• Ascent of Mt Blanc by team Mt Blanc for MS Trust / Royal Marines Charity


Oct 23, 2008
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In early June 2017, a team of six men will attempt to climb Mt Blanc, France, in order to raise at least £6000 for two charities; The Royal Marines Charity and the MS Trust. It is the intention to split the money raised 70/30 in favour of the MS Trust.

Mont Blanc meaning “White Mountain”, is the highest mountain in the Alps and the highest in Europe after the Caucasus peaks. It rises 4,808.73 m (15,777 ft) above sea level. The mountain lies in a range called the Graian Alps, between the regions of Aosta Valley, Italy, and Savoie and Haute-Savoie, France. The first recorded ascent of Mont Blanc was on 8th August 1786 and nowadays the summit is reached by an average of 20,000 mountaineer-tourists each year. It could be considered an easy, yet arduous ascent for someone who is well trained and acclimatised to the altitude. Each year climbing deaths occur on Mont Blanc, and on the busiest weekends, normally around August, the local rescue service performs an average of 12 missions, mostly in aid of people in trouble on one of the normal routes up the mountain. Some routes require knowledge of high-altitude mountaineering, a guide (or at least an experienced mountaineer), and require proper equipment. All routes are long and arduous, involving delicate passages and the hazard of rock-fall or avalanche. At least one night at a high mountain refuge is required to help acclimatise to the altitude.

Five members of Team Mt Blanc for MS are former Royal Marines Commandos and between them have extensive experience in operating in mountainous regions.

In MS, the coating around nerve fibres(called myelin) is damaged, causing a range of symptoms. More than 100,000 people in the UK have MS and symptoms usually start in your 20s and 30s affecting almost three times as many women as men. Once diagnosed, MS stays with you for life, but treatments and specialists can help to manage the condition and its symptoms. The cause is unknown and a cure hasn't yet been found, but research is progressing fast. To understand what happens in MS, it's useful to understand how the central nervous system works.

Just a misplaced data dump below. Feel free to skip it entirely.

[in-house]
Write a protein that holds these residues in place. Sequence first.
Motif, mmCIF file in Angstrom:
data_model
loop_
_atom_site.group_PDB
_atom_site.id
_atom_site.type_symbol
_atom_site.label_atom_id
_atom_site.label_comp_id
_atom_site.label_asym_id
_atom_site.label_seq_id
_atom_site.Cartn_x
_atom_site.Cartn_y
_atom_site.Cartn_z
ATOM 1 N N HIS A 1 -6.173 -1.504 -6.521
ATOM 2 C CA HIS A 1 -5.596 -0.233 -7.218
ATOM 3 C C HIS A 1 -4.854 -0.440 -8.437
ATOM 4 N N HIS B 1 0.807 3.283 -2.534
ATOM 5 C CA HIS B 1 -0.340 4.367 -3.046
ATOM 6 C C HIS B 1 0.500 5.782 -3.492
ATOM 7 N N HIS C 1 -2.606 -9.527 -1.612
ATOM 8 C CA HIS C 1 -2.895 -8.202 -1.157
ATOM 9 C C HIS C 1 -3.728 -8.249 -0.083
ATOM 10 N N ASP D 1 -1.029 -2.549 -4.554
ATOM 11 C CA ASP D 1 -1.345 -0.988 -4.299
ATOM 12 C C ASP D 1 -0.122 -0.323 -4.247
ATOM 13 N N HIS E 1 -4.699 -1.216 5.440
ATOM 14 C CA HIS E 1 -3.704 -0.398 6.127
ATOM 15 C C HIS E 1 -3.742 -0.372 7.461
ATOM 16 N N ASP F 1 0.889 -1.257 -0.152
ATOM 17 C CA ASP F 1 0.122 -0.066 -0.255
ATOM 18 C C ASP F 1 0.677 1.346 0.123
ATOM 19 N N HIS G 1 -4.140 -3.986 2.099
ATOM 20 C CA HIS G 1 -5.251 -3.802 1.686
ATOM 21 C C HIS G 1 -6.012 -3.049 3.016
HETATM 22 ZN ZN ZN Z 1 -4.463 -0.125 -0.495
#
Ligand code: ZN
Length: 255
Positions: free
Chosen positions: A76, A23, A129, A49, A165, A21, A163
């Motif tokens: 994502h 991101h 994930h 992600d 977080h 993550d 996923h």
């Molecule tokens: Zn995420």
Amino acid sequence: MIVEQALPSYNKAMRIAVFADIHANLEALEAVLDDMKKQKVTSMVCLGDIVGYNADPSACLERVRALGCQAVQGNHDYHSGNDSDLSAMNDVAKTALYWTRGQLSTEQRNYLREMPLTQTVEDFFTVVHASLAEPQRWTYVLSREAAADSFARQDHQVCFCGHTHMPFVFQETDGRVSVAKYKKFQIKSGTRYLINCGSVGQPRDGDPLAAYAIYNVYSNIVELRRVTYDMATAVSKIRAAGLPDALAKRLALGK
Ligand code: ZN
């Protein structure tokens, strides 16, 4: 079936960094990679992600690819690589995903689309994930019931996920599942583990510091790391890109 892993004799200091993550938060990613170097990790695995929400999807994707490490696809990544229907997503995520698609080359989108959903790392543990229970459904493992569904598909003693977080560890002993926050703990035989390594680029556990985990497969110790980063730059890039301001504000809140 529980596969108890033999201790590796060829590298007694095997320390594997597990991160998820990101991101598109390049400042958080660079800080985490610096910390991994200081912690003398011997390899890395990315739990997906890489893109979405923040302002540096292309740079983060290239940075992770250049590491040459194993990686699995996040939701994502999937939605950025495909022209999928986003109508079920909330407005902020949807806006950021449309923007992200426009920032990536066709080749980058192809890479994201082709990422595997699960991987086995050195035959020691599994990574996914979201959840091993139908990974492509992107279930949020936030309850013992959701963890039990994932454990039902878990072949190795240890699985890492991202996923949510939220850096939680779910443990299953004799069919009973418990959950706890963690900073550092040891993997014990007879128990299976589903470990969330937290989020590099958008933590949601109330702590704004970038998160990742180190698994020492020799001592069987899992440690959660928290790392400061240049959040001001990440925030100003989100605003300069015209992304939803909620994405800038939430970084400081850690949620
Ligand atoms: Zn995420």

A substance called myelin protects the nerve fibres in the central nervous system, which helps messages travel quickly and smoothly between the brain and the rest of the body. In MS, the immune system, which normally helps to fight off infections, mistakes myelin for a foreign body and attacks it. This damages the myelin and strips it off the nerve fibres, either partially or completely, leaving scars known as lesions or plaques.

This damage disrupts messages travelling along nerve fibres – they can slow down, become distorted, or not get through at all. As well as myelin loss, there can also sometimes be damage to the actual nerve fibres. It is this nerve damage that causes the increase in disability that can occur over time.

Our mission is to ascend Mt Blanc as a six man team in order to raise as much money as possible for the MS Trust (70%) and The Royal Marines Charity (30%).

Aloma Watson

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